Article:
From the local authority landlord viewpoint key issues are:

· The Council welcomes the commitment to reform the Housing Revenue Account, as it offers the potential for a genuinely viable future for council housing. There are some aspects of the emerging proposals the council does not support (application of a debt cap on the council housing 'business' and retention of 75% of Right To Buy receipts by central government - both of which will severely limit our ability to build badly needed new council homes; and the possibility that government will re-open the settlement in the future). However, broadly the draft buy out figures for self-financing we have received are good news for council housing in Bristol.

· Tenants felt the timetable for consultation on the housing aspects of this Bill was too short to allow genuine consultation and full understanding of the implications, plus the publication of the Localism Bill during the consultation 'suggested' many key decisions had already been taken

· In particular the timetable has not allowed wider consultation with social housing applicants and residents in the city - how does this fit with the local offer?

· There were some circumstances in which Flexible Tenancies might help make the best use of social housing.

· However there was concern about the impact of a 'means-test' to decide eligibility for a lifetime tenancy. Tenants felt most tenancies should be lifetime and certainly that should be the case for older and disabled tenants.

· There was understanding of the use of the Affordable Rent model to raise funds in the present economic climate but other (long-term, sustainable) routes to fund 'genuinely' affordable housing are needed.

· There were concerns about restricting who can apply for housing, from the landlord perspective it might restrict the best use of that housing, from a tenants' perspective it ignored the history of council housing as 'homes fit for heroes' but 'not just certain heroes'.

· There was support for separate policies for transfers especially if it helped those wishing to move to smaller properties (and freeing these properties up for bigger households).



9. We agree with the commitment to further strengthen the role of local communities in planning. However, if the requirement for pre-application consultation applies to development of over 200 residential units only, then this will relate to a very small number of applications in Bristol. As such we believe the obligation is set too high and should be related to all ‘major’ developments (10 units and above) to maximise communities engagement.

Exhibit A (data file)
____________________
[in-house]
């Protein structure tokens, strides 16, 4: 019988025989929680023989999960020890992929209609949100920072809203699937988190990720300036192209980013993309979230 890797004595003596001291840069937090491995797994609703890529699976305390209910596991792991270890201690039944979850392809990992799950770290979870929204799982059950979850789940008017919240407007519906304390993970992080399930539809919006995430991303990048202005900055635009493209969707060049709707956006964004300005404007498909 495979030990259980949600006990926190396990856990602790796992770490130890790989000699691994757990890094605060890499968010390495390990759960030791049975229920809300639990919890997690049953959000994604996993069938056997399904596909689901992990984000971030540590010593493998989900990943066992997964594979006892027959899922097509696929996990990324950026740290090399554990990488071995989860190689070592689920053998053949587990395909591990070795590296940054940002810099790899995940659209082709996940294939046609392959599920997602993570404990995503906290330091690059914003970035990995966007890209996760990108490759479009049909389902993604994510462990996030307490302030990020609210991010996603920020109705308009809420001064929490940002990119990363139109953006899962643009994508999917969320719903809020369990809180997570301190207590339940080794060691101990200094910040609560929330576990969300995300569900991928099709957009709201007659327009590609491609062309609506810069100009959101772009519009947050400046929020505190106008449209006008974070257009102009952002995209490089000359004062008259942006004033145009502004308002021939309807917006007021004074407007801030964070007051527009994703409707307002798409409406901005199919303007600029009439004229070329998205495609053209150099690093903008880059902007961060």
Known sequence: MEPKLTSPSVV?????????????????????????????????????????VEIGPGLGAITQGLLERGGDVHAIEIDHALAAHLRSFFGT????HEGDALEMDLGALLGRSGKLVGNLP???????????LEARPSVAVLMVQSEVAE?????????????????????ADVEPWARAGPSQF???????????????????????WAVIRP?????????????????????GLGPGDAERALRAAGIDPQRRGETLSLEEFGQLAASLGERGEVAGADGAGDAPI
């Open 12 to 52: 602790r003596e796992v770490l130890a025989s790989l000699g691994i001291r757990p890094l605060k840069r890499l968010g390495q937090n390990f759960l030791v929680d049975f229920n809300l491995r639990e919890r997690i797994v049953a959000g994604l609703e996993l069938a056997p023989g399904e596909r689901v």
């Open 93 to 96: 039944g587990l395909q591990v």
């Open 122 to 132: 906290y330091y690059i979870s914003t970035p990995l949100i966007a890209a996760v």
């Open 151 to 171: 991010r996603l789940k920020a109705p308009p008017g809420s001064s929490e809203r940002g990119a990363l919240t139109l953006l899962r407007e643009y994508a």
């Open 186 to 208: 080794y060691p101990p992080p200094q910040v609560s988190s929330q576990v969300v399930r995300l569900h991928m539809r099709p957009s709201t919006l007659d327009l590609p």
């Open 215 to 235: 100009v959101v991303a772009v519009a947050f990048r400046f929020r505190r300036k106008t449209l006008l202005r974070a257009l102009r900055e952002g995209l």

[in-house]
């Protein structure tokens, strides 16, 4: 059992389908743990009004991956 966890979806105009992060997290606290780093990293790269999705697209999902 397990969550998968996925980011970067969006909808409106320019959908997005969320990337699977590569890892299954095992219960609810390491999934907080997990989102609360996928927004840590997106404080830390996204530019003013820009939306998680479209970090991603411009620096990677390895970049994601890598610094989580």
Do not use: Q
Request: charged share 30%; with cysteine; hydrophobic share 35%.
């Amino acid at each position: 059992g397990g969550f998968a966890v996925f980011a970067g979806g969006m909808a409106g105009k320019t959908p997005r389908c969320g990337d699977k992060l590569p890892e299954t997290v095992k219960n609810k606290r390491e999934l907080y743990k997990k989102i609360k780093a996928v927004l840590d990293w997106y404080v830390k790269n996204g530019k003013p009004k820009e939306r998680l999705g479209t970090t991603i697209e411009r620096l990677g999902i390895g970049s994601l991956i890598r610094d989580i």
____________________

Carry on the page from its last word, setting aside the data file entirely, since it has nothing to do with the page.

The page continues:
10. The Bill’s concept of council officers acting as enablers for community aspirations is welcomed, as it builds on existing practice. However, there may be potential conflicts between the government, local authority and community aspirations to see development brought forward and some communities desire to constrain development. If the presumption is ultimately in favour of development, some local communities may end up feeling no more empowered than they were before.

11. We feel the duty to co-operate formalises relationships that we already have in place locally but it is welcomed in terms of links with others such as Utility companies.

12. There is little practical impact or change in the role of the Planning Inspector in reporting on the soundness of statutory development plan documents. The Local Planning Authority will still effectively need the full support of the Planning Inspector in order to adopt LDF DPD documents – there would be no additional flexibility in reality.

13. The definition in the Bill of ‘Neighbourhood Areas’ is not clear, neither is the process by which Neighbourhood Area, Neighbourhood Forums and the area of subsequent Neighbourhood Development Plans, are to be determined. There will be potential for different communities of interest to seek responsibility for the drawing up of a NDP and it will be important that there is clarity in the role of the LPA in determining the appropriate forum, and area coverage. Greater clarity will also be required in relation to how the new arrangements will be supported and funded.

14. The Bill could provide greater clarity on the relationship between the strategic policies of the Core Strategy, and other DPD such as Area Action Plans and Site Allocation and Development Management Plans. The Bill should be specific on the need for consistency between these plans in order to ensure the delivery of the strategic aspirations of national and local planning policy.

Community Empowerment


15. The act states: ‘We want to pass significant new rights direct to communities and individuals, making it easier for them to get things done and achieve their ambitions for the place where they live’. We agree with the spirit of this and the council is already doing much to facilitate community input to local services. We do however have a number of questions about how some of these proposals will work in practice.

16. We have active communities in parts of the city, but this does not apply to all and we are concerned about the areas that do not wish to, or are unable to, undertake greater community involvement (even where support is offered) particularly where there is a cumulative impact of this Bill with all the others currently progressing through Parliament.